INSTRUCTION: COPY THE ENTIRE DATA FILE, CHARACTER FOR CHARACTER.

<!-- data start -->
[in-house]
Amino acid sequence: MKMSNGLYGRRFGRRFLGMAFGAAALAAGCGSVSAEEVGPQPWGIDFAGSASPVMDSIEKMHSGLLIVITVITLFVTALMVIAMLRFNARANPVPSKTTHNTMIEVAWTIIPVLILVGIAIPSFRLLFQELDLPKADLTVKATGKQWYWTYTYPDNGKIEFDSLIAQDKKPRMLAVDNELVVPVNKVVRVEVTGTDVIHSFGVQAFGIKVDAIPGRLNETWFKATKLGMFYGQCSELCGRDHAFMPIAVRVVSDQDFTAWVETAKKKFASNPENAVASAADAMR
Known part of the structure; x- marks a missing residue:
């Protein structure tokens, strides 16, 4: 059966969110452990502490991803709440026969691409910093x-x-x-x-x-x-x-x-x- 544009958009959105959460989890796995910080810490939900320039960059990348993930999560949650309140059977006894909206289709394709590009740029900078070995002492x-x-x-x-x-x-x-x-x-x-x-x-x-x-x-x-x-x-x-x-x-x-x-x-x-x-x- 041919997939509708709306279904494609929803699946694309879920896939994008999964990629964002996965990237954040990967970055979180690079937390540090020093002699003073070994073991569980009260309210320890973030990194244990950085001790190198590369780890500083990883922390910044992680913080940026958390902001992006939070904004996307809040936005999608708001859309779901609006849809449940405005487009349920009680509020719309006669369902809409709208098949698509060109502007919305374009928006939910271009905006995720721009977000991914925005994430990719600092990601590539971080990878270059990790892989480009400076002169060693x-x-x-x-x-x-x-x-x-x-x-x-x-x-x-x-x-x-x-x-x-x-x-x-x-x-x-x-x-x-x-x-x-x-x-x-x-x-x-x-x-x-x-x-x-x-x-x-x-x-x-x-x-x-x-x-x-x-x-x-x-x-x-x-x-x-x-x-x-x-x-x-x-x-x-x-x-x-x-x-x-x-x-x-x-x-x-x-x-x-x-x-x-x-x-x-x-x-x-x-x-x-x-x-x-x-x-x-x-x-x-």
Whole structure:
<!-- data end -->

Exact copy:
[in-house]
Amino acid sequence: MKMSNGLYGRRFGRRFLGMAFGAAALAAGCGSVSAEEVGPQPWGIDFAGSASPVMDSIEKMHSGLLIVITVITLFVTALMVIAMLRFNARANPVPSKTTHNTMIEVAWTIIPVLILVGIAIPSFRLLFQELDLPKADLTVKATGKQWYWTYTYPDNGKIEFDSLIAQDKKPRMLAVDNELVVPVNKVVRVEVTGTDVIHSFGVQAFGIKVDAIPGRLNETWFKATKLGMFYGQCSELCGRDHAFMPIAVRVVSDQDFTAWVETAKKKFASNPENAVASAADAMR
Known part of the structure; x- marks a missing residue:
């Protein structure tokens, strides 16, 4: 059966969110452990502490991803709440026969691409910093x-x-x-x-x-x-x-x-x- 544009958009959105959460989890796995910080810490939900320039960059990348993930999560949650309140059977006894909206289709394709590009740029900078070995002492x-x-x-x-x-x-x-x-x-x-x-x-x-x-x-x-x-x-x-x-x-x-x-x-x-x-x- 041919997939509708709306279904494609929803699946694309879920896939994008999964990629964002996965990237954040990967970055979180690079937390540090020093002699003073070994073991569980009260309210320890973030990194244990950085001790190198590369780890500083990883922390910044992680913080940026958390902001992006939070904004996307809040936005999608708001859309779901609006849809449940405005487009349920009680509020719309006669369902809409709208098949698509060109502007919305374009928006939910271009905006995720721009977000991914925005994430990719600092990601590539971080990878270059990790892989480009400076002169060693x-x-x-x-x-x-x-x-x-x-x-x-x-x-x-x-x-x-x-x-x-x-x-x-x-x-x-x-x-x-x-x-x-x-x-x-x-x-x-x-x-x-x-x-x-x-x-x-x-x-x-x-x-x-x-x-x-x-x-x-x-x-x-x-x-x-x-x-x-x-x-x-x-x-x-x-x-x-x-x-x-x-x-x-x-x-x-x-x-x-x-x-x-x-x-x-x-x-x-x-x-x-x-x-x-x-x-x-x-x-x-």
Whole structure: